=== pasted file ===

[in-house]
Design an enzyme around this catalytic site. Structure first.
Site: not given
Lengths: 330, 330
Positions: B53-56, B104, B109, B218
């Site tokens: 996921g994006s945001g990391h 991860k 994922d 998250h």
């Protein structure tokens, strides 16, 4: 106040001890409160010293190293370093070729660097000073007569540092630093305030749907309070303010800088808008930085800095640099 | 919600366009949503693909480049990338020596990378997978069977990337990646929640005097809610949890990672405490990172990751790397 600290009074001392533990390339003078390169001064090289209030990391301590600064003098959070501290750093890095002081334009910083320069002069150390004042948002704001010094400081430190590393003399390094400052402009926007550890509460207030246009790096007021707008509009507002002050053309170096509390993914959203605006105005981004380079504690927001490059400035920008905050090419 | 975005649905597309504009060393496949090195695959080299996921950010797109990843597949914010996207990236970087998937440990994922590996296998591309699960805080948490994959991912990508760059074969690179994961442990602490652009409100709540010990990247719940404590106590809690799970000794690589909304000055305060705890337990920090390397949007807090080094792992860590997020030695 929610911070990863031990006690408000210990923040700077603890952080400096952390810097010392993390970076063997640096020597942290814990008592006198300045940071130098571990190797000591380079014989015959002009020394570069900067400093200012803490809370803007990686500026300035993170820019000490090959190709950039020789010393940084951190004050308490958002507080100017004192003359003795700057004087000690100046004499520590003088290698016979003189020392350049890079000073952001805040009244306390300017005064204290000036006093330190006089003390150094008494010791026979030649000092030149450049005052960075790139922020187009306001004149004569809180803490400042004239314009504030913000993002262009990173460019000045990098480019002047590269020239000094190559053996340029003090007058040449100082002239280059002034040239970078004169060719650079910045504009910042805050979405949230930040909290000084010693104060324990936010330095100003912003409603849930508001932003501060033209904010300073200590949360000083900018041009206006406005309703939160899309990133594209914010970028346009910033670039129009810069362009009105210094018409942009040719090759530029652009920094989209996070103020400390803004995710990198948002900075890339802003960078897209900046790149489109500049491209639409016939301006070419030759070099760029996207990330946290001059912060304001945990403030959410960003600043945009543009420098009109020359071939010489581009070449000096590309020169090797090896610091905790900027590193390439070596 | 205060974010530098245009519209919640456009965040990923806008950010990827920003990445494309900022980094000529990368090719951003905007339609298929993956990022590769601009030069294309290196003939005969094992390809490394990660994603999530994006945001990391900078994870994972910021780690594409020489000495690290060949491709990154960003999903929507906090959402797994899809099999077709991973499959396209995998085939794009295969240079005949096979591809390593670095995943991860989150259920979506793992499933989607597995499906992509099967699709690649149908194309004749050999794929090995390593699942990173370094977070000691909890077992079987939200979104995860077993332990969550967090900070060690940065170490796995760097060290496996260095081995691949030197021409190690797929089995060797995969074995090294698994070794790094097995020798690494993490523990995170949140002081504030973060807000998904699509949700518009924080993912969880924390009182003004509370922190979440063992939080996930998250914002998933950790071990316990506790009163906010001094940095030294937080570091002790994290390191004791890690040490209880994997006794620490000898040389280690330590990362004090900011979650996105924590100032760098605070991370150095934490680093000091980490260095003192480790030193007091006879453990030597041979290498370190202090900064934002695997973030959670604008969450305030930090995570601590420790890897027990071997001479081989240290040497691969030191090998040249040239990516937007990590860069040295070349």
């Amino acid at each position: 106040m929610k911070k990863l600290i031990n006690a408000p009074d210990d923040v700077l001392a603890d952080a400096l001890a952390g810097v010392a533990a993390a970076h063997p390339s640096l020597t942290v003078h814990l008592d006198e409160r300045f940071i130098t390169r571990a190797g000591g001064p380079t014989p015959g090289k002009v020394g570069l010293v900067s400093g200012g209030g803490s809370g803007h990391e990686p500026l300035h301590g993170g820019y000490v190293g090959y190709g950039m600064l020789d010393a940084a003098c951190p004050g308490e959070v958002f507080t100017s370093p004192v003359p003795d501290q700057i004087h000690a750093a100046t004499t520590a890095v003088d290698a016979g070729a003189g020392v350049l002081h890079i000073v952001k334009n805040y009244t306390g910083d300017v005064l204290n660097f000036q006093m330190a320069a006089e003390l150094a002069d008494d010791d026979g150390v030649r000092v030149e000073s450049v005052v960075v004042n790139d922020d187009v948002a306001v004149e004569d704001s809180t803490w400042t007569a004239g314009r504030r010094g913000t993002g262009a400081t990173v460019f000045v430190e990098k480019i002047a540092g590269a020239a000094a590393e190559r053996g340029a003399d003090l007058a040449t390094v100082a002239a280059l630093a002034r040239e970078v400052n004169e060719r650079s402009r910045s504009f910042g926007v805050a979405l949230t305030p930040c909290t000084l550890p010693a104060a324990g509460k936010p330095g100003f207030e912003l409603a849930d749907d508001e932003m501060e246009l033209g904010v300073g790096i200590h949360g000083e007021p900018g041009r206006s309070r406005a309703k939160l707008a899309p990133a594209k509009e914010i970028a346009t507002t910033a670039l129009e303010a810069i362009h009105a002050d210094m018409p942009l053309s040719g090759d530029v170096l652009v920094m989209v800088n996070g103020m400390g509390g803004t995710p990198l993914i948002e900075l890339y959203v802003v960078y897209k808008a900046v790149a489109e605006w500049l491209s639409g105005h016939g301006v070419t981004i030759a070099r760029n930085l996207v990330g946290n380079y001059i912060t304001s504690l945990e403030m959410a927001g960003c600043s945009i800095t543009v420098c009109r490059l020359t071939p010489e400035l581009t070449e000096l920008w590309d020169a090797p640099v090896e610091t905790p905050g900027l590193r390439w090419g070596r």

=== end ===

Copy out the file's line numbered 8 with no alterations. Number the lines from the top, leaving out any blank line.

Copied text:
């Amino acid at each position: 106040m929610k911070k990863l600290i031990n006690a408000p009074d210990d923040v700077l001392a603890d952080a400096l001890a952390g810097v010392a533990a993390a970076h063997p390339s640096l020597t942290v003078h814990l008592d006198e409160r300045f940071i130098t390169r571990a190797g000591g001064p380079t014989p015959g090289k002009v020394g570069l010293v900067s400093g200012g209030g803490s809370g803007h990391e990686p500026l300035h301590g993170g820019y000490v190293g090959y190709g950039m600064l020789d010393a940084a003098c951190p004050g308490e959070v958002f507080t100017s370093p004192v003359p003795d501290q700057i004087h000690a750093a100046t004499t520590a890095v003088d290698a016979g070729a003189g020392v350049l002081h890079i000073v952001k334009n805040y009244t306390g910083d300017v005064l204290n660097f000036q006093m330190a320069a006089e003390l150094a002069d008494d010791d026979g150390v030649r000092v030149e000073s450049v005052v960075v004042n790139d922020d187009v948002a306001v004149e004569d704001s809180t803490w400042t007569a004239g314009r504030r010094g913000t993002g262009a400081t990173v460019f000045v430190e990098k480019i002047a540092g590269a020239a000094a590393e190559r053996g340029a003399d003090l007058a040449t390094v100082a002239a280059l630093a002034r040239e970078v400052n004169e060719r650079s402009r910045s504009f910042g926007v805050a979405l949230t305030p930040c909290t000084l550890p010693a104060a324990g509460k936010p330095g100003f207030e912003l409603a849930d749907d508001e932003m501060e246009l033209g904010v300073g790096i200590h949360g000083e007021p900018g041009r206006s309070r406005a309703k939160l707008a899309p990133a594209k509009e914010i970028a346009t507002t910033a670039l129009e303010a810069i362009h009105a002050d210094m018409p942009l053309s040719g090759d530029v170096l652009v920094m989209v800088n996070g103020m400390g509390g803004t995710p990198l993914i948002e900075l890339y959203v802003v960078y897209k808008a900046v790149a489109e605006w500049l491209s639409g105005h016939g301006v070419t981004i030759a070099r760029n930085l996207v990330g946290n380079y001059i912060t304001s504690l945990e403030m959410a927001g960003c600043s945009i800095t543009v420098c009109r490059l020359t071939p010489e400035l581009t070449e000096l920008w590309d020169a090797p640099v090896e610091t905790p905050g900027l590193r390439w090419g070596r």